The cryptocurrency market has been disrupted by interventions by China’s governments, but it certainly does not mean a full-blown ban on digital currencies, says financial analyst Winston Wenyan Ma, former managing director at China Investment Corporation (CIC), adjunct professor at NYU, and investor. The government is still defining the scope of digital currencies, and focuses on minging and trading, and is certainly no banning ownership, he says at Verify.
China is testing its own form of digital currency, the Digital RMB. On June 1, the Beijing Regional Financial Supervisory Commission announced that it would provide 40 million digital yuan in the latest currency test. China is reportedly hoping to launch a currency form prior to the 2022 Beijing Winter Olympics.
Winston Ma said VERIFY cryptocurrencies have not yet been clearly defined in China’s legal system. China has banned crypto exchanges and initial coin offerings, but has not banned individuals from owning cryptocurrencies, Ma said. In the May announcement, in addition to reiterating the ban on cryptocurrencies as a whole, a new crackdown on mining operations has begun.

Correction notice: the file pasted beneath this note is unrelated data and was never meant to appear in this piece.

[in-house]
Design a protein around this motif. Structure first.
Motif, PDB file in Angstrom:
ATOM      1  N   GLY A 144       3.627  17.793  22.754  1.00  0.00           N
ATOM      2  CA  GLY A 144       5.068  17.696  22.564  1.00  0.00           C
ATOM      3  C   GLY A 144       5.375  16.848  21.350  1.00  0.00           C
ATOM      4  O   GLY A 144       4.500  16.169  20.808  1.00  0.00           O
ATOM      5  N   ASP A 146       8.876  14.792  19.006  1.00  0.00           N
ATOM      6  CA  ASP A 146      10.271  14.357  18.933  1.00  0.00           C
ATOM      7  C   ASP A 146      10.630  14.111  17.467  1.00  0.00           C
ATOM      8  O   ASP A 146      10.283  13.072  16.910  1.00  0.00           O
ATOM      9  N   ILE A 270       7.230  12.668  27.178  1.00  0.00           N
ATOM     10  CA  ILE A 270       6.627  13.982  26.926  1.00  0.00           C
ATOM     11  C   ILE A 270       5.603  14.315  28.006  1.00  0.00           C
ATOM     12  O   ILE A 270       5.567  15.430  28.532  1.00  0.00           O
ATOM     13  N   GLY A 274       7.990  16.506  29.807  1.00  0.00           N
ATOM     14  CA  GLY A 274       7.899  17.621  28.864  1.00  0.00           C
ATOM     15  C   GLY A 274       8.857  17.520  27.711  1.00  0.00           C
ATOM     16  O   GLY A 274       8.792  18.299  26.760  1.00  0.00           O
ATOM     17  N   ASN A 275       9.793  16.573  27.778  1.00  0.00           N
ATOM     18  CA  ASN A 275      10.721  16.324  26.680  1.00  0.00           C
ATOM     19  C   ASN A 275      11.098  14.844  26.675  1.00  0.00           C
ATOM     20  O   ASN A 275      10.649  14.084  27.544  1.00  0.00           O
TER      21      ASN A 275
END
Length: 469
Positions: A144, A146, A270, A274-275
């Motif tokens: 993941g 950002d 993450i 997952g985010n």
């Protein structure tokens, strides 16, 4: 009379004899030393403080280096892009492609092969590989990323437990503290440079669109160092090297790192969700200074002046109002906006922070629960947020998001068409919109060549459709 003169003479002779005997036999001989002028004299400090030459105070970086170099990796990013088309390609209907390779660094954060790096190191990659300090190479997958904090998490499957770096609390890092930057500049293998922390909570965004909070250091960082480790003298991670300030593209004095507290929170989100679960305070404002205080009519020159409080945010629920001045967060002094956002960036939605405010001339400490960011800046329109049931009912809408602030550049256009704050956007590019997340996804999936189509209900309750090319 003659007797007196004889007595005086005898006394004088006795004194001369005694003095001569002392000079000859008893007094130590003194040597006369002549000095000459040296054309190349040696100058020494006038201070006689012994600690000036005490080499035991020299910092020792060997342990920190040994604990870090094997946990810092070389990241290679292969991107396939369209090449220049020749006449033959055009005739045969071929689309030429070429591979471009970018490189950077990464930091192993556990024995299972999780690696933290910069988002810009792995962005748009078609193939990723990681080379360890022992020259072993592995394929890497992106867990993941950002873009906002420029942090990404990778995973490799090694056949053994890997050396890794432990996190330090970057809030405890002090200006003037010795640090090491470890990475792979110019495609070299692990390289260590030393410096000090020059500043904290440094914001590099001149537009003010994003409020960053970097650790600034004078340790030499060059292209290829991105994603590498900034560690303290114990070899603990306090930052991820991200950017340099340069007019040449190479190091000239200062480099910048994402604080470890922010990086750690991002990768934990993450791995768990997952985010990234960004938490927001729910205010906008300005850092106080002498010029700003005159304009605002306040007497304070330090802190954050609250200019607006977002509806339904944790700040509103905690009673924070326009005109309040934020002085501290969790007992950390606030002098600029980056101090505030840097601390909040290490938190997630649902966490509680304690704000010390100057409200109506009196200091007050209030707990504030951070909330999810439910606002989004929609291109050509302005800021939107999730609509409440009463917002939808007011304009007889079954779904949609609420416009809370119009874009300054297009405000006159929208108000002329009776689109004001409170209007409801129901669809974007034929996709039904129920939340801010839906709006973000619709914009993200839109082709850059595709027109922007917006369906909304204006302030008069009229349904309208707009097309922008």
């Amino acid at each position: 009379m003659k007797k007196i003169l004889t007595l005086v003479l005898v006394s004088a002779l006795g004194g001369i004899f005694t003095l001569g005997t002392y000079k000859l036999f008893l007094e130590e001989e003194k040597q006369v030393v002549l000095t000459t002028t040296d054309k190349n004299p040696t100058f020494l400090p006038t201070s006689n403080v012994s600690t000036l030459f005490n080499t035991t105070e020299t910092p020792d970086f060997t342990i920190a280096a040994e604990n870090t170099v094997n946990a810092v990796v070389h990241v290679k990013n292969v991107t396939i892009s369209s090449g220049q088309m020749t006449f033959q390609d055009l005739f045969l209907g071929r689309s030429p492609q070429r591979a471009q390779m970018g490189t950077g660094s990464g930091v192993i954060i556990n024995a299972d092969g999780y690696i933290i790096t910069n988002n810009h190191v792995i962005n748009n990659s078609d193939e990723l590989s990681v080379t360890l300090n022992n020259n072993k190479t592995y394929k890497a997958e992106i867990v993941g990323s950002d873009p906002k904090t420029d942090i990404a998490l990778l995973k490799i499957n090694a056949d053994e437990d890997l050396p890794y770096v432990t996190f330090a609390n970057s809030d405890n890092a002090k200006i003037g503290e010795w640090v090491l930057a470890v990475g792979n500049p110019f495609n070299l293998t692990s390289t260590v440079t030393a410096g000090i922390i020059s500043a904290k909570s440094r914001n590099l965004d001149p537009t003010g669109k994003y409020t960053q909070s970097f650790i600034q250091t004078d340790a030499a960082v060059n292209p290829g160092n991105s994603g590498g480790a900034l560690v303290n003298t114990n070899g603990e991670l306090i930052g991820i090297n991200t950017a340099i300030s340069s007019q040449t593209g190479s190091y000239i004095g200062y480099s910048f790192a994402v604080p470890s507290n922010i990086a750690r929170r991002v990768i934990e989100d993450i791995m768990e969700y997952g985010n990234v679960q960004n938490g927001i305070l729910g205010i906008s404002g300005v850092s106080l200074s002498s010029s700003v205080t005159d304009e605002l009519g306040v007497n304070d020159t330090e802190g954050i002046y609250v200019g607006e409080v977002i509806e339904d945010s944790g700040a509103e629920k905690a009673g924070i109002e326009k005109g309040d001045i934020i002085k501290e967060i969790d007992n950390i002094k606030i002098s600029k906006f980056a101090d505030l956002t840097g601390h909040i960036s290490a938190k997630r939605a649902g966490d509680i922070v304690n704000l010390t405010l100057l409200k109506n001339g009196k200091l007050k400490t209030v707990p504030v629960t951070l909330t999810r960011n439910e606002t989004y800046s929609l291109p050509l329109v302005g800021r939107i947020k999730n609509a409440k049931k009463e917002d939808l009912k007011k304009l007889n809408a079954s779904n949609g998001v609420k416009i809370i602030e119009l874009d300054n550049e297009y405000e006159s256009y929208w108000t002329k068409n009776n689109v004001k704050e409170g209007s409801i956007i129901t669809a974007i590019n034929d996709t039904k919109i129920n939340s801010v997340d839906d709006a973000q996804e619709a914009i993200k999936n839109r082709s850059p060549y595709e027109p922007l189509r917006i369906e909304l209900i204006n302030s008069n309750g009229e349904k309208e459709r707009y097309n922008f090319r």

“The latest crackdown is by the State Council’s Financial Stability Commission, led by Deputy Prime Minister Liu He. It is China’s top-level financial regulator and has vowed to crack down on cryptocurrency mining and trading activities. It is expected that new regulations will be issued by each ministry to better define and regulate the mining, holding and trading of citizens’ cryptocurrencies. ”…
Mr. Ma told VERIFY: “In addition to the issue of market volatility, carbon neutrality is also an important consideration. According to a recent survey by Chinese scientists, this Chinese emission is [equal to that in] Czech. It points out that it will exceed the total annual greenhouse gas emissions of some smaller countries such as the Republic and Qatar.”
More at Verify.
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